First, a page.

Monterey Pop | Chicago Reader

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78 minutes · 1969

Documentary, Music documentary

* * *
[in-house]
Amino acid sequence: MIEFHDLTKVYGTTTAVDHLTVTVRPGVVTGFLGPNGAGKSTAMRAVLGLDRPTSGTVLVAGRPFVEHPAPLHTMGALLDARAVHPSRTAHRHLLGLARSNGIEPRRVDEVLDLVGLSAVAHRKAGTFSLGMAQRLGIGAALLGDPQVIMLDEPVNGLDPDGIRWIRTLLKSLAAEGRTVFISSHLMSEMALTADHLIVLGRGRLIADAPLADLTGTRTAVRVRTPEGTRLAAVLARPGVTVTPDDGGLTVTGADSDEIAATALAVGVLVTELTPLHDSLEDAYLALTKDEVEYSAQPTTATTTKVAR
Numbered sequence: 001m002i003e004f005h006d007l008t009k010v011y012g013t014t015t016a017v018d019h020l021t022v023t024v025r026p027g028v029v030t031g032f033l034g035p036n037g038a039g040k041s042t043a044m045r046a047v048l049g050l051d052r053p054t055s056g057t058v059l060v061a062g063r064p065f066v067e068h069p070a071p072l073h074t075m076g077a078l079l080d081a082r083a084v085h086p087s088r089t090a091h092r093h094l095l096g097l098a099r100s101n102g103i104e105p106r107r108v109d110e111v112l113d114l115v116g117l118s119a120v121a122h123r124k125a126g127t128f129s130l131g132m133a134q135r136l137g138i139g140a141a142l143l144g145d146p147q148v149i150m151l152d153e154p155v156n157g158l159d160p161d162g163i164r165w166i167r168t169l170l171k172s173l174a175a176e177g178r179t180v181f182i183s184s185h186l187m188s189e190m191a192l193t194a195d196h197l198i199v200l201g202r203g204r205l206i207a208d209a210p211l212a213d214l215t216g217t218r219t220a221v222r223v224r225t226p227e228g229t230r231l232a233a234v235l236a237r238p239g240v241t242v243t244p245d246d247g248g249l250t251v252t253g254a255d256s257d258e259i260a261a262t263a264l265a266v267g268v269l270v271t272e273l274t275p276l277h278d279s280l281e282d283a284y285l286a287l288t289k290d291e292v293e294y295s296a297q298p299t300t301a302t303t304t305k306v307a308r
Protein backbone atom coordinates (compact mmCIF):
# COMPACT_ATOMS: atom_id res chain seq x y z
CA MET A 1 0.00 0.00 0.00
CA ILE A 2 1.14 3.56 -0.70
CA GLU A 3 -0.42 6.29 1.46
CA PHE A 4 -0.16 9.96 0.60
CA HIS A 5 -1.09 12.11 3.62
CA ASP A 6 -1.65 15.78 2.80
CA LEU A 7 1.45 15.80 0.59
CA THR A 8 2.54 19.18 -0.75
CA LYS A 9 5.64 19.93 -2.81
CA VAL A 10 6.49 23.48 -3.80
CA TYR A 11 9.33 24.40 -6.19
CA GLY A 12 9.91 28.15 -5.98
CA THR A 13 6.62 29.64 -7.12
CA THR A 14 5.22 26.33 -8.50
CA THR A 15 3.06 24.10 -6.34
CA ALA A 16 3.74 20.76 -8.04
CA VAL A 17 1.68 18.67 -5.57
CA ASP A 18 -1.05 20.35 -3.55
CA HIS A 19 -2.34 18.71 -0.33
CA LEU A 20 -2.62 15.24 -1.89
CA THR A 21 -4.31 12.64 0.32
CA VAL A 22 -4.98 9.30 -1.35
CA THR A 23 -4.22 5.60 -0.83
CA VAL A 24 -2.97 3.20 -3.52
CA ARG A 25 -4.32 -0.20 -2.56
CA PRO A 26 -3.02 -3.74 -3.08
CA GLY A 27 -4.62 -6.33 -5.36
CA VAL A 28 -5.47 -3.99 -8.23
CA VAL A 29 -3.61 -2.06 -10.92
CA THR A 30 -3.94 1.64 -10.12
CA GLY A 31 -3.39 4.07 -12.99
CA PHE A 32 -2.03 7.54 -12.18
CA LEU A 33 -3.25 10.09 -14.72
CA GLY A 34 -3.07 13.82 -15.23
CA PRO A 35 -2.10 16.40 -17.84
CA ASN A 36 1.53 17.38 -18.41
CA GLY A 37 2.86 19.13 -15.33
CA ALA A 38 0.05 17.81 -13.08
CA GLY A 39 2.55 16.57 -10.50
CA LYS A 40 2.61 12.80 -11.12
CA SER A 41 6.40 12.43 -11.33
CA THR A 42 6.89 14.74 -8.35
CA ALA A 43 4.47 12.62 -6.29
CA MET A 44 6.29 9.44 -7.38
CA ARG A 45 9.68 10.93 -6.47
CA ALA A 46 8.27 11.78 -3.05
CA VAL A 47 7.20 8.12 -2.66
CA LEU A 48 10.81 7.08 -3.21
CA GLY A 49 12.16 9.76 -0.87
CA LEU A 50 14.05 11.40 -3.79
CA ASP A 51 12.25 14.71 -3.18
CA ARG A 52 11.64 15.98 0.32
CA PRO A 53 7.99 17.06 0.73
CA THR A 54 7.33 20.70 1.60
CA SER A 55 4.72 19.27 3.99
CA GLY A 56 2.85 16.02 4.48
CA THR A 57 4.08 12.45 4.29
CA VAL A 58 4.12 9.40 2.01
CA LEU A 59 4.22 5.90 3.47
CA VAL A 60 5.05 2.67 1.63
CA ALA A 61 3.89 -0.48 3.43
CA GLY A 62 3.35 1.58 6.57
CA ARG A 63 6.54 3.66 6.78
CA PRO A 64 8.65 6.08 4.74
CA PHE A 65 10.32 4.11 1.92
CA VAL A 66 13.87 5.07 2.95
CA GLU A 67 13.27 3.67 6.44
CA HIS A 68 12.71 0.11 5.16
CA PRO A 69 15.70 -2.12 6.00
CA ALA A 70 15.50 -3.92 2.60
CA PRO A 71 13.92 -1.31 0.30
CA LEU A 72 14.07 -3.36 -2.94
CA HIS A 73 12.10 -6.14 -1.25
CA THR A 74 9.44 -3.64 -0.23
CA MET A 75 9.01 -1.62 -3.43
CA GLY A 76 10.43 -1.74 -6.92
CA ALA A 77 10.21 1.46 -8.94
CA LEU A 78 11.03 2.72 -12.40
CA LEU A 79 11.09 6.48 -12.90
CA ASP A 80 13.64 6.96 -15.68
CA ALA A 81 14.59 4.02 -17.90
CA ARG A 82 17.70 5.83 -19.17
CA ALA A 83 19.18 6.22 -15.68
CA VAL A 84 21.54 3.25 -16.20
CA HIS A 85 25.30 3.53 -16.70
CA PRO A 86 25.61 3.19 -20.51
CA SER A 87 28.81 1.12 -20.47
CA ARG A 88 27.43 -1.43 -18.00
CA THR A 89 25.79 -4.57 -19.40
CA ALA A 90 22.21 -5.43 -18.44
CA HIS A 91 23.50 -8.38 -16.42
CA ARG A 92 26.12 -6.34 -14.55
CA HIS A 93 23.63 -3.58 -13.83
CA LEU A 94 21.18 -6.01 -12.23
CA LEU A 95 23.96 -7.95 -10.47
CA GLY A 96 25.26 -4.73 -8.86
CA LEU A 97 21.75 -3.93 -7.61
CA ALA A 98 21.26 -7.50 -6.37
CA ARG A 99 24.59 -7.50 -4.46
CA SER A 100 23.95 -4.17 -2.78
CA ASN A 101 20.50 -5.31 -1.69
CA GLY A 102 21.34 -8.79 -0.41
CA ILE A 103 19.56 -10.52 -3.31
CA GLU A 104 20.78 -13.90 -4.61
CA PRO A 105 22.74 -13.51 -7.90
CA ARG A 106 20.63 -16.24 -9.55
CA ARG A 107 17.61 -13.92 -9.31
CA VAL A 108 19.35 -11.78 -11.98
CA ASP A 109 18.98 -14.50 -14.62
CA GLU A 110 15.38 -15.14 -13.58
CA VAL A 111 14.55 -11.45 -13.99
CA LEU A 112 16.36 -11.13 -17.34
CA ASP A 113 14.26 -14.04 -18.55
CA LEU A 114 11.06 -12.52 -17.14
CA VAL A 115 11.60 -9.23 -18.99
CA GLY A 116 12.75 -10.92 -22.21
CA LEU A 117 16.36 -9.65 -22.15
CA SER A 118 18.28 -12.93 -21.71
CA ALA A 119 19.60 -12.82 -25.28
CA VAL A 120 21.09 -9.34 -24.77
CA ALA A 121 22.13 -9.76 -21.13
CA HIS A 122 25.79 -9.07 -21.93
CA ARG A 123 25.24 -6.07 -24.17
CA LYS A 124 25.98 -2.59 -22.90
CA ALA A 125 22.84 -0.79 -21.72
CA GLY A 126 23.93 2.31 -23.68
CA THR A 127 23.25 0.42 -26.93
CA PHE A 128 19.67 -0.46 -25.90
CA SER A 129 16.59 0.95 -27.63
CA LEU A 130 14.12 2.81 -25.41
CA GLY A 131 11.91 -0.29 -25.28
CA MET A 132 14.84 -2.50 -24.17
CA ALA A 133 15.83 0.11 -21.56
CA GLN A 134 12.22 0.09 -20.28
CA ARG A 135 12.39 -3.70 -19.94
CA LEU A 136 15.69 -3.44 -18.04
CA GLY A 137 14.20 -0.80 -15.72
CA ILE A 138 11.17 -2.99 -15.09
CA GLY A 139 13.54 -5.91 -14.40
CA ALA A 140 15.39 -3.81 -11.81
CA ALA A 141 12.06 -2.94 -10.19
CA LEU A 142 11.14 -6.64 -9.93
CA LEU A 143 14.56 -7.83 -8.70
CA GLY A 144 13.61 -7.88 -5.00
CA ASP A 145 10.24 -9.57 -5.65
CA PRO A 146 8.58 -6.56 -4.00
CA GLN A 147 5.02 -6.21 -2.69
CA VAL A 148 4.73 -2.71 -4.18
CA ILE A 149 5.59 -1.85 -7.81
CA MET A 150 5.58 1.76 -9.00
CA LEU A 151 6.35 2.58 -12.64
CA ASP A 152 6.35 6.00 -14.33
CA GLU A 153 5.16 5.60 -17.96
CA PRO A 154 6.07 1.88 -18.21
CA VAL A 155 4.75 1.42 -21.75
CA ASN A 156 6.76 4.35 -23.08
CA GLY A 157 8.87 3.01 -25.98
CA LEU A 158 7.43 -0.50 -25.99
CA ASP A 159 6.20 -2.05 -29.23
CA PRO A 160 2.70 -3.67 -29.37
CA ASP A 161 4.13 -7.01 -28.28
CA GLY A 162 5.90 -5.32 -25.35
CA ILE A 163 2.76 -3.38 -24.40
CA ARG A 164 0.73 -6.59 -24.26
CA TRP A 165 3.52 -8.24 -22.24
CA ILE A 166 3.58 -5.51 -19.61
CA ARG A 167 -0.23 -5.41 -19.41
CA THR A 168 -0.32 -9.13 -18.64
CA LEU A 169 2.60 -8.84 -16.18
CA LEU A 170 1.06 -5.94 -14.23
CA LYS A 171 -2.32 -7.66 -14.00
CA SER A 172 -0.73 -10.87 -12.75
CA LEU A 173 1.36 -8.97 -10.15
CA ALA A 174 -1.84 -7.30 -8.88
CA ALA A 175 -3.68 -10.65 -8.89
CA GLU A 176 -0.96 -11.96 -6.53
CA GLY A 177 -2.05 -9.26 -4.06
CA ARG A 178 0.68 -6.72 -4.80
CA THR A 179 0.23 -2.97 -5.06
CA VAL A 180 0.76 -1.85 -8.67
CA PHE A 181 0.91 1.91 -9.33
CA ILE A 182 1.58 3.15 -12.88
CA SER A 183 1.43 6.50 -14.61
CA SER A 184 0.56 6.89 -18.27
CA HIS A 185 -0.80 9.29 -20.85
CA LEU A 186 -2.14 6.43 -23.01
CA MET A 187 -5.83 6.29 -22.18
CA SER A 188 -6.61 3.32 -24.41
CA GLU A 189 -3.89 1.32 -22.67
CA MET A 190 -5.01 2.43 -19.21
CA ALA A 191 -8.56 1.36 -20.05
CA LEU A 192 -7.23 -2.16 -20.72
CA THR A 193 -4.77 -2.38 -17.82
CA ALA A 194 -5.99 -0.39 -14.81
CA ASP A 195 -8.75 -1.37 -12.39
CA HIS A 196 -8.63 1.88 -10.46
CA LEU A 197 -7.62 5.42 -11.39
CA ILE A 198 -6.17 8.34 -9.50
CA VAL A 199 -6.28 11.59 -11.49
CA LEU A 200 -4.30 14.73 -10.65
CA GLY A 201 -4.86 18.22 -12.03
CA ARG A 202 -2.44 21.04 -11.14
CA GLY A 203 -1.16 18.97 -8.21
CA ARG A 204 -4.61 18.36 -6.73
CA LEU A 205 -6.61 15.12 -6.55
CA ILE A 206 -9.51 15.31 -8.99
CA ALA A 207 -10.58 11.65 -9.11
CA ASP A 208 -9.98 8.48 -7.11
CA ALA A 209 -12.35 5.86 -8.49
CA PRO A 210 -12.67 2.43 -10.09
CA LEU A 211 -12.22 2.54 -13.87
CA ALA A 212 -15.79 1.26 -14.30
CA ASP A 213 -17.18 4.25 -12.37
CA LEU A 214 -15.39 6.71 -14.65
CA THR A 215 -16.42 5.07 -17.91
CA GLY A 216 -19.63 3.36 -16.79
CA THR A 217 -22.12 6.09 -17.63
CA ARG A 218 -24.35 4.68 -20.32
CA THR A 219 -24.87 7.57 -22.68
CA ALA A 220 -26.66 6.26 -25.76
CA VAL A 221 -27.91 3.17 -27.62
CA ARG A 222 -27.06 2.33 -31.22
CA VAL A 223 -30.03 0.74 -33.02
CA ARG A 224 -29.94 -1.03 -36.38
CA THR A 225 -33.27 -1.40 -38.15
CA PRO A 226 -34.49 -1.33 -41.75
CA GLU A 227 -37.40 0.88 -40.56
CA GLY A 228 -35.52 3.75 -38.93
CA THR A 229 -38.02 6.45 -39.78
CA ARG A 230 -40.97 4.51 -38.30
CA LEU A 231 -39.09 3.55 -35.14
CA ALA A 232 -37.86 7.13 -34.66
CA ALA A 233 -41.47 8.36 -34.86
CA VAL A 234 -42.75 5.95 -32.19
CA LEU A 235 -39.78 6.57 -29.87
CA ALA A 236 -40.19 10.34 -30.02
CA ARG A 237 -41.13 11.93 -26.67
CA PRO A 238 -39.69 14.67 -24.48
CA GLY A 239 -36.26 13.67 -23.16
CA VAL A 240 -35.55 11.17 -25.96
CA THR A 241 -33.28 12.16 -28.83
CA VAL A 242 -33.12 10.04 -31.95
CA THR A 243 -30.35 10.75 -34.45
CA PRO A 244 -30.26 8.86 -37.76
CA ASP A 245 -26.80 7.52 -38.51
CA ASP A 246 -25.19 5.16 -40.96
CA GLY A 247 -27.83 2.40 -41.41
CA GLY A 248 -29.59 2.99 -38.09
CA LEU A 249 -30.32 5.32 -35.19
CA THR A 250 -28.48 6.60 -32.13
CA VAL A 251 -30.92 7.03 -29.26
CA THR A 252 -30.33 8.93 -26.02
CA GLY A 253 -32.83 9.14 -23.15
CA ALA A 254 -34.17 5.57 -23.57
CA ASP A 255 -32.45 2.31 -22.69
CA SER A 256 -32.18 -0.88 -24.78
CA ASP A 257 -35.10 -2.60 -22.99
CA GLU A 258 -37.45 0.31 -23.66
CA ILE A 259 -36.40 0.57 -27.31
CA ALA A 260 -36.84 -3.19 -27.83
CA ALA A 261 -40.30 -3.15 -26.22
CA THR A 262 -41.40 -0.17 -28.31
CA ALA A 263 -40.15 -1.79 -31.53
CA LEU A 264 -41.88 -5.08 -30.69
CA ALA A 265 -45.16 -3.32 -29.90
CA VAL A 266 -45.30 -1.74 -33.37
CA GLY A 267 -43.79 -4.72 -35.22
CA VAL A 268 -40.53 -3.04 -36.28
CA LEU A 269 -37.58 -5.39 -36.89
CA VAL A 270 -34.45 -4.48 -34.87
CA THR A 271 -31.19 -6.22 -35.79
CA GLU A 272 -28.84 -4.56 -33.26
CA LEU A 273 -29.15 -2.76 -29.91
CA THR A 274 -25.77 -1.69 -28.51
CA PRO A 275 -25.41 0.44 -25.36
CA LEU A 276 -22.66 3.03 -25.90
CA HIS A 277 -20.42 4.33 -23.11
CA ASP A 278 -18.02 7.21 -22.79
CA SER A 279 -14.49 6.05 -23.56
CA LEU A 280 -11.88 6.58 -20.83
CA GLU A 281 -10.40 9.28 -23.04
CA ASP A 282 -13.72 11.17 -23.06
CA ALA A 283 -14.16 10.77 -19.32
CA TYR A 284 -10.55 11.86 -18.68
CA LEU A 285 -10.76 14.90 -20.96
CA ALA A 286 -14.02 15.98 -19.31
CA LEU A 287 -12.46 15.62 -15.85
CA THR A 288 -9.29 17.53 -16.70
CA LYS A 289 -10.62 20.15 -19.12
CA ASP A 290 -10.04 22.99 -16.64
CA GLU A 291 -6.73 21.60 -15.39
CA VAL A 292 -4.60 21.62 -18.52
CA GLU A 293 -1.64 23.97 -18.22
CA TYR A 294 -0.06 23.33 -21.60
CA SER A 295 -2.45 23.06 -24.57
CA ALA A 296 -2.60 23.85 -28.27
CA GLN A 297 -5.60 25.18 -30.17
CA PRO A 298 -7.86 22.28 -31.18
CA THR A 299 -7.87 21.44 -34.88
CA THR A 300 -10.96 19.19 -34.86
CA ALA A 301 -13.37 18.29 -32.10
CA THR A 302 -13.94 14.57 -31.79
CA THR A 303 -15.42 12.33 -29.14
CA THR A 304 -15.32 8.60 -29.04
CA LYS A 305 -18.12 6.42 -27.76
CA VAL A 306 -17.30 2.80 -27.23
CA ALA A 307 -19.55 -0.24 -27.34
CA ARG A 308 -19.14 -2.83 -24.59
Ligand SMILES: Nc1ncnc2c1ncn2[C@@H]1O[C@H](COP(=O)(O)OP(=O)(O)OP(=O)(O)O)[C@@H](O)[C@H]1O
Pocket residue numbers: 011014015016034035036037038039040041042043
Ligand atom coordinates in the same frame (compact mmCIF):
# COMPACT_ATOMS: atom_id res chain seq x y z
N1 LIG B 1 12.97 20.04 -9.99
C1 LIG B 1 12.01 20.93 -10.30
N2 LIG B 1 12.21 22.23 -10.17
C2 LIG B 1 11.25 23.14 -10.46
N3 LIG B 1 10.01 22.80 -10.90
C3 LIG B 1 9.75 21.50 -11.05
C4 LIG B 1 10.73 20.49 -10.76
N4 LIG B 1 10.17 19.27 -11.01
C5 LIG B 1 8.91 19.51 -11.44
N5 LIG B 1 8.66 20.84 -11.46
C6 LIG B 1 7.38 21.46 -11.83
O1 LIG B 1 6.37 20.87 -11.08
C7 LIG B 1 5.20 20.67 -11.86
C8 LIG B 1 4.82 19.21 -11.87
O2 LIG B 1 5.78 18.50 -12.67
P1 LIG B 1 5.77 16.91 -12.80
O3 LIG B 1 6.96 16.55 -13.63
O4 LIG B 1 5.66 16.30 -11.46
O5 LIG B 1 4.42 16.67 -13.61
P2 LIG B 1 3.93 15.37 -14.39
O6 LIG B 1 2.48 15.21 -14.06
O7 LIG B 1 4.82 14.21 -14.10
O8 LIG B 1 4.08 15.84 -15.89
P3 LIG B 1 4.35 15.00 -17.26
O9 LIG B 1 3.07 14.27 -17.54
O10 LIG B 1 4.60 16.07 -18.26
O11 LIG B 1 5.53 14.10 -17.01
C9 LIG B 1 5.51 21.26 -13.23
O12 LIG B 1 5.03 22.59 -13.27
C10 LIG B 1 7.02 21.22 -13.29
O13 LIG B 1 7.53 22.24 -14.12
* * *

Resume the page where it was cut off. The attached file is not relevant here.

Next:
The Monterey International Pop Festival in June 1967 is usually cited as the first public flowering of the Summer of Love, but musically it was more important for demarcating the studio pop that preceded it from the live rock that would follow. Chart-topping acts like the Byrds, whose set was embarrassing, and the Beach Boys, who copped out at the last minute, were immediately eclipsed by artists who could deliver the goods in concert, fiery vocalists such as Otis Redding and Janis Joplin and powerhouse bands such as the Who and the Jimi Hendrix Experience. Released two years later, D.A. Pennebaker's 88-minute sampler from the three-day festival intersperses scenes of the beatific festivalgoers, who now seem as archaic as tintype portraits. With the Jefferson Airplane, the Animals, the Mamas and the Papas, Booker T. and the MG's, Country Joe & the Fish, Simon & Garfunkel, Canned Heat, and Ravi Shankar.

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